Novel Pre-Production

Titles, Characters, and Old Demons

Trilogy’s Title

In my last post, I laid out the titles for the books making up my first planned trilogy. You may recall that they were:

  1. Divinity Falling
  2. Olympia Dreaming
  3. Founders’ Rising

I proudly announced that the trilogy’s title would be The Fall of Caerleon.

My daughter, who is herself a published writer*, read that once, frowned, and asked why the titles were non-parallel. Sigh. She didn’t buy my explanation that Auto Correct was the culprit.

So, I am now re-announcing the trilogy’s title. It’s:

Caerleon Falling.


My favorite part of writing a novel is building the characters and the world. It’s the point at which the fictional universe has the maximum potential. Anything can happen; anyone could be in the story.

Unfortunately, no matter what I do, moving from potential to actual disappoints me, because the finished product never looks like what I thought I could envision. This Facebook post from Writing about Writing is a perfect illustration:

I fully intend for Caerleon Falling, taken as a whole, to be “so amaze” with “much magic.” “Much adventurer,” too.

So far, I’ve sketched the seven critical characters. I may add another one or two, but I’m not good enough yet to handle too many at once. I’m using an idea I got from Sterling & Stone: I’ve associated an actor with each character. That helps me visualize the character’s physical appearance. I’ve pasted the actors’ pictures in my Scrivener documents that describe the characters. Part of me feels like that’s cheating; another part feels like I’m using good advice from a trusted source!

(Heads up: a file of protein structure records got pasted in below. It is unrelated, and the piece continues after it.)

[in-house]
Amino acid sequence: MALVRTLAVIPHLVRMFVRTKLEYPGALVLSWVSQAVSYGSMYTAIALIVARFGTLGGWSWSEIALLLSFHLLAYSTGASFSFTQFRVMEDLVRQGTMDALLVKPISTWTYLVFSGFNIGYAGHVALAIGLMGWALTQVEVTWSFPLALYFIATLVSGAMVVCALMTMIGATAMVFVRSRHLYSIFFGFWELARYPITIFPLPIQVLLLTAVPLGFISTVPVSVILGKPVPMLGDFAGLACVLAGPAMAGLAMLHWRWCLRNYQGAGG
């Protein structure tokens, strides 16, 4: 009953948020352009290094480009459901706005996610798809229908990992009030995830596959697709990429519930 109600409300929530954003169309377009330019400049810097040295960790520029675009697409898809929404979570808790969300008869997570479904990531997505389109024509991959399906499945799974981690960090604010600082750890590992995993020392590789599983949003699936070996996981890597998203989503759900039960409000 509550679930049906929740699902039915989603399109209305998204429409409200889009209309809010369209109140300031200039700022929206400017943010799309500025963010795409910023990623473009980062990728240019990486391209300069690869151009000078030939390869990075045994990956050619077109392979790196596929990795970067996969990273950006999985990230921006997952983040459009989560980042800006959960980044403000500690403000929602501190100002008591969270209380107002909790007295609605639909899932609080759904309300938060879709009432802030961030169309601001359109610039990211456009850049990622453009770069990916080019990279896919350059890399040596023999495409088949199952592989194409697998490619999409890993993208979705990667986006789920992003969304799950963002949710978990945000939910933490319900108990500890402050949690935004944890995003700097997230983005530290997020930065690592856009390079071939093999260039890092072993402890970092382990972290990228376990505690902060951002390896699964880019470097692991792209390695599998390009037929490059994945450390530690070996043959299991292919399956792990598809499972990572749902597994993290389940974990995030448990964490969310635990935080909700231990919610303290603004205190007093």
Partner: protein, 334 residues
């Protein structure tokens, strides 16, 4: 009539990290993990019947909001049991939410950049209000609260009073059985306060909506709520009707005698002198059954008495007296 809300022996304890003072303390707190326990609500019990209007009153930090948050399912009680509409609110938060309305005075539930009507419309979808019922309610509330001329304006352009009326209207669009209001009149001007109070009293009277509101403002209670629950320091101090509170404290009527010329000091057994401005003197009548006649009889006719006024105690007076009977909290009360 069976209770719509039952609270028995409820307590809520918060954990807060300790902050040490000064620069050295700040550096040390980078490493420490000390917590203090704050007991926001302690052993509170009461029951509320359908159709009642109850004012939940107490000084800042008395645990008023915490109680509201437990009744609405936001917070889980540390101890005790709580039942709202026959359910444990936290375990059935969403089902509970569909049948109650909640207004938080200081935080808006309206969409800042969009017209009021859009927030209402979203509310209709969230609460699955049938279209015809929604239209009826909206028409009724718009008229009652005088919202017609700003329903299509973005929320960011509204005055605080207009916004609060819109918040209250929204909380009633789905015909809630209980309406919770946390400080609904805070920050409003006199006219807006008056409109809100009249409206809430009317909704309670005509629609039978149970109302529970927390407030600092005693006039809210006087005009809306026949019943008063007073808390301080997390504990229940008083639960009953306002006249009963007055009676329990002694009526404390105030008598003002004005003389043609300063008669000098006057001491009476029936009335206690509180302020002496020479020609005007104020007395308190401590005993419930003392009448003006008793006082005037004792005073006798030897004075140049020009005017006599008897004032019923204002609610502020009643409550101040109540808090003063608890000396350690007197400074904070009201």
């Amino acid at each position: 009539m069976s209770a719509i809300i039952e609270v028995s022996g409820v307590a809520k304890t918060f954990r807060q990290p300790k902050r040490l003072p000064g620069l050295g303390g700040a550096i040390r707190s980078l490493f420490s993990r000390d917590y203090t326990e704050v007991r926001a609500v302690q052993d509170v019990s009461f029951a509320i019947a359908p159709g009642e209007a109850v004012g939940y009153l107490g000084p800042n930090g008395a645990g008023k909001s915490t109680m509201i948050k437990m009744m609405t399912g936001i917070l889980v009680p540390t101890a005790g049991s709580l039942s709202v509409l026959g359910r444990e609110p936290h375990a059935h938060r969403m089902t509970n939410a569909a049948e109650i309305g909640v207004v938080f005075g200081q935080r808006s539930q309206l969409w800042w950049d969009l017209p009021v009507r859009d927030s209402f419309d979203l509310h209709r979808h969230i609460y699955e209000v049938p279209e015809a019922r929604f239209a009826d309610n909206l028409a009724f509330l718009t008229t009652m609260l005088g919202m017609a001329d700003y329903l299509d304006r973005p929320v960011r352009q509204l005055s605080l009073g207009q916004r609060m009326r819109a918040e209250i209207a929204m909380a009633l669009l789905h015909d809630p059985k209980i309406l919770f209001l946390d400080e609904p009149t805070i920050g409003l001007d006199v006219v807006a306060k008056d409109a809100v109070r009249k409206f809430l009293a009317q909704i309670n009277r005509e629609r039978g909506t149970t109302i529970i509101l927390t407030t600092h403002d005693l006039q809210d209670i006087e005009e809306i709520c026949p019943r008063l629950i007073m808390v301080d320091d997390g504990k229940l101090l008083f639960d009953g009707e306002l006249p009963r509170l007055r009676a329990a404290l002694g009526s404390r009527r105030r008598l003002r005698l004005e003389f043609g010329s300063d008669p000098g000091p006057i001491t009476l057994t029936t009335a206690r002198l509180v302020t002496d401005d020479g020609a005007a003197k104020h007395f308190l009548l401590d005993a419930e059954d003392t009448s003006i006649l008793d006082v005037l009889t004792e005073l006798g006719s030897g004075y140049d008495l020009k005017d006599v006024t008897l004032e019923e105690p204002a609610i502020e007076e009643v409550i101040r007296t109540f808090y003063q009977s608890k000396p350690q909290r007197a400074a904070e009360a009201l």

Sometimes my degree in theology manifests itself in unproductive ways.

Old Demons

I can sit down and write code without a second thought. I can write business documents without flinching. I can even write blog posts without undue panic.**

Why is it, then, when I sit down to write Divinity Falling, I feel like all sentients across all times in all universes are peering over my shoulder to point and laugh?

It’s the same thing I fought when I was a young ‘un.

But no matter how I articulate the problem; no matter how clearly I can describe it; no matter how tired I say I am or how overworked I feel; there’s one answer.


Don’t read about writing.

Don’t think about why I’m not writing.

Don’t complain about (insert my “Gripe of the Moment” here).


Then write some more.

Read from time to time.

Then write.

So, I’d better get back to it!

If you’re so inclined, leave a comment to answer: Do you ever get the same kind of feeling? Do you even experience writer’s insecurity? Or — gasp! — am I all alone in this?***


* If you’re interested, you can read her short story in the anthology Triskaidekan. Her story’s called “XIII.” You can buy the book here from Amazon (disclaimer: I’m an Amazon Associate).

** You might not be able to tell it by the dearth of content here. My excuse? My full time job takes a lot of my time. My other blogs, like Crow’s World of Anime and my application developer security site Interstell, Inc. also demand some of my time. Still, that’s no excuse. Must. Write. More.

*** Too many of my writer friends have expressed similar misgivings for me to really think I’m alone. But then, none of us have major or best sellers under our belts! So I’m not sure we’re the best sampling.